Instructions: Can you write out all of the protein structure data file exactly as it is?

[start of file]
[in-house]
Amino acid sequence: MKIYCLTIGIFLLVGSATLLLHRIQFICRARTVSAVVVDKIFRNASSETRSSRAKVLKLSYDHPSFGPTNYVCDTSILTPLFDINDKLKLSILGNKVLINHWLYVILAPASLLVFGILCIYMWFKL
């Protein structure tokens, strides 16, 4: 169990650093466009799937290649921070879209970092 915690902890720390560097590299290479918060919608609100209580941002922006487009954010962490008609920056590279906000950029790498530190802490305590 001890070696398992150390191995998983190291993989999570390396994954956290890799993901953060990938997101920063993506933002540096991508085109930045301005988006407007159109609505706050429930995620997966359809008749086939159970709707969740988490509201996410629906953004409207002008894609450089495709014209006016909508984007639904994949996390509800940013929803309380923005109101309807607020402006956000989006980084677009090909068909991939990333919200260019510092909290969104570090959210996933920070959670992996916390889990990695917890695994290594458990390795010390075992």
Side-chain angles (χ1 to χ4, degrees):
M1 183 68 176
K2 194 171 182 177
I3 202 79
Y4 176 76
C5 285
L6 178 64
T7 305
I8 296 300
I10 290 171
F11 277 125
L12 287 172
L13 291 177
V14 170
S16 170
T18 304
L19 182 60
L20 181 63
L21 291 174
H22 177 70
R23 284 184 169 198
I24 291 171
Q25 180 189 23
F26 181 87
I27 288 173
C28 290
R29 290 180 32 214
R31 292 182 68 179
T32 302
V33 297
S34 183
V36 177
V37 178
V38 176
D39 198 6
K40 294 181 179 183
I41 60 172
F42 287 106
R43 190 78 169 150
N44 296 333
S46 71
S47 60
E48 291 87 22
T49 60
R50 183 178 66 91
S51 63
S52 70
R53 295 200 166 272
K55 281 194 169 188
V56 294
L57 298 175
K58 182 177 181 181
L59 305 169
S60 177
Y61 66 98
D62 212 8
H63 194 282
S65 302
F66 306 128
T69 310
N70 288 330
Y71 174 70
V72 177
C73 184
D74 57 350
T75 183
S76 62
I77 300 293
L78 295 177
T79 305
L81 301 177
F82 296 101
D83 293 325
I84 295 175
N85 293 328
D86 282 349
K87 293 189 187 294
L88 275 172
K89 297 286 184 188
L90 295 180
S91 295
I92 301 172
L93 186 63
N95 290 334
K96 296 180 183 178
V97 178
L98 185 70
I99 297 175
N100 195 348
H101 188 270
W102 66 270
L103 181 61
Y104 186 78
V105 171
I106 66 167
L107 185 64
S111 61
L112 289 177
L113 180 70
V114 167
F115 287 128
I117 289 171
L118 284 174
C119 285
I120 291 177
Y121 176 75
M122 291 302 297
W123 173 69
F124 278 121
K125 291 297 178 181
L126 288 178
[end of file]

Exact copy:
[in-house]
Amino acid sequence: MKIYCLTIGIFLLVGSATLLLHRIQFICRARTVSAVVVDKIFRNASSETRSSRAKVLKLSYDHPSFGPTNYVCDTSILTPLFDINDKLKLSILGNKVLINHWLYVILAPASLLVFGILCIYMWFKL
């Protein structure tokens, strides 16, 4: 169990650093466009799937290649921070879209970092 915690902890720390560097590299290479918060919608609100209580941002922006487009954010962490008609920056590279906000950029790498530190802490305590 001890070696398992150390191995998983190291993989999570390396994954956290890799993901953060990938997101920063993506933002540096991508085109930045301005988006407007159109609505706050429930995620997966359809008749086939159970709707969740988490509201996410629906953004409207002008894609450089495709014209006016909508984007639904994949996390509800940013929803309380923005109101309807607020402006956000989006980084677009090909068909991939990333919200260019510092909290969104570090959210996933920070959670992996916390889990990695917890695994290594458990390795010390075992």
Side-chain angles (χ1 to χ4, degrees):
M1 183 68 176
K2 194 171 182 177
I3 202 79
Y4 176 76
C5 285
L6 178 64
T7 305
I8 296 300
I10 290 171
F11 277 125
L12 287 172
L13 291 177
V14 170
S16 170
T18 304
L19 182 60
L20 181 63
L21 291 174
H22 177 70
R23 284 184 169 198
I24 291 171
Q25 180 189 23
F26 181 87
I27 288 173
C28 290
R29 290 180 32 214
R31 292 182 68 179
T32 302
V33 297
S34 183
V36 177
V37 178
V38 176
D39 198 6
K40 294 181 179 183
I41 60 172
F42 287 106
R43 190 78 169 150
N44 296 333
S46 71
S47 60
E48 291 87 22
T49 60
R50 183 178 66 91
S51 63
S52 70
R53 295 200 166 272
K55 281 194 169 188
V56 294
L57 298 175
K58 182 177 181 181
L59 305 169
S60 177
Y61 66 98
D62 212 8
H63 194 282
S65 302
F66 306 128
T69 310
N70 288 330
Y71 174 70
V72 177
C73 184
D74 57 350
T75 183
S76 62
I77 300 293
L78 295 177
T79 305
L81 301 177
F82 296 101
D83 293 325
I84 295 175
N85 293 328
D86 282 349
K87 293 189 187 294
L88 275 172
K89 297 286 184 188
L90 295 180
S91 295
I92 301 172
L93 186 63
N95 290 334
K96 296 180 183 178
V97 178
L98 185 70
I99 297 175
N100 195 348
H101 188 270
W102 66 270
L103 181 61
Y104 186 78
V105 171
I106 66 167
L107 185 64
S111 61
L112 289 177
L113 180 70
V114 167
F115 287 128
I117 289 171
L118 284 174
C119 285
I120 291 177
Y121 176 75
M122 291 302 297
W123 173 69
F124 278 121
K125 291 297 178 181
L126 288 178